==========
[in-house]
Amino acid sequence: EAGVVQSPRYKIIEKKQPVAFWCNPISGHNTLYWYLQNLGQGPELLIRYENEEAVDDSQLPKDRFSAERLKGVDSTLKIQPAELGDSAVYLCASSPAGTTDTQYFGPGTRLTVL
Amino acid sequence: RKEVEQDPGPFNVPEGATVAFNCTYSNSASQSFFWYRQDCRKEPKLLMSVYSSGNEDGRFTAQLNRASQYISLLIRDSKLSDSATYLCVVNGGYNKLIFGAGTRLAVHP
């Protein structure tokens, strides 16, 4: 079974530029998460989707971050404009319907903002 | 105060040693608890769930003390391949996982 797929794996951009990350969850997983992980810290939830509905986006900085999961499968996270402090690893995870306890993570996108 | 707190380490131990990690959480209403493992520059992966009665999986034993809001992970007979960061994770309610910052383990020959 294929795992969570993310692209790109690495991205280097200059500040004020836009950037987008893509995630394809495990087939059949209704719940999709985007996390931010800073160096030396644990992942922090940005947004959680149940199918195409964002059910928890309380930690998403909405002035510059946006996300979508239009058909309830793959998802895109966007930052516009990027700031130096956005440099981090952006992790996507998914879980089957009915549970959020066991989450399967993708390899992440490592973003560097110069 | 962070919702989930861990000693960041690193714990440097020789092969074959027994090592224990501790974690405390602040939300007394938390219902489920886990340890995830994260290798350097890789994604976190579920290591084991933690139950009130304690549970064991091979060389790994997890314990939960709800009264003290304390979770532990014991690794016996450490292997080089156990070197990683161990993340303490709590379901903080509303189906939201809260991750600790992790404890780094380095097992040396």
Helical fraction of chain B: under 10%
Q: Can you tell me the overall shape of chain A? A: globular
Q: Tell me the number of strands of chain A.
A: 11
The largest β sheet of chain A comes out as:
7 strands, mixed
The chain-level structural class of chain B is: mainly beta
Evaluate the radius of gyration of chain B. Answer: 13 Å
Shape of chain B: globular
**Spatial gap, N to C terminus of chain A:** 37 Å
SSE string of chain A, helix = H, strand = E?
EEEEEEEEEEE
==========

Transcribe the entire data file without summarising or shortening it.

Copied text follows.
[in-house]
Amino acid sequence: EAGVVQSPRYKIIEKKQPVAFWCNPISGHNTLYWYLQNLGQGPELLIRYENEEAVDDSQLPKDRFSAERLKGVDSTLKIQPAELGDSAVYLCASSPAGTTDTQYFGPGTRLTVL
Amino acid sequence: RKEVEQDPGPFNVPEGATVAFNCTYSNSASQSFFWYRQDCRKEPKLLMSVYSSGNEDGRFTAQLNRASQYISLLIRDSKLSDSATYLCVVNGGYNKLIFGAGTRLAVHP
């Protein structure tokens, strides 16, 4: 079974530029998460989707971050404009319907903002 | 105060040693608890769930003390391949996982 797929794996951009990350969850997983992980810290939830509905986006900085999961499968996270402090690893995870306890993570996108 | 707190380490131990990690959480209403493992520059992966009665999986034993809001992970007979960061994770309610910052383990020959 294929795992969570993310692209790109690495991205280097200059500040004020836009950037987008893509995630394809495990087939059949209704719940999709985007996390931010800073160096030396644990992942922090940005947004959680149940199918195409964002059910928890309380930690998403909405002035510059946006996300979508239009058909309830793959998802895109966007930052516009990027700031130096956005440099981090952006992790996507998914879980089957009915549970959020066991989450399967993708390899992440490592973003560097110069 | 962070919702989930861990000693960041690193714990440097020789092969074959027994090592224990501790974690405390602040939300007394938390219902489920886990340890995830994260290798350097890789994604976190579920290591084991933690139950009130304690549970064991091979060389790994997890314990939960709800009264003290304390979770532990014991690794016996450490292997080089156990070197990683161990993340303490709590379901903080509303189906939201809260991750600790992790404890780094380095097992040396």
Helical fraction of chain B: under 10%
Q: Can you tell me the overall shape of chain A? A: globular
Q: Tell me the number of strands of chain A.
A: 11
The largest β sheet of chain A comes out as:
7 strands, mixed
The chain-level structural class of chain B is: mainly beta
Evaluate the radius of gyration of chain B. Answer: 13 Å
Shape of chain B: globular
**Spatial gap, N to C terminus of chain A:** 37 Å
SSE string of chain A, helix = H, strand = E?
EEEEEEEEEEE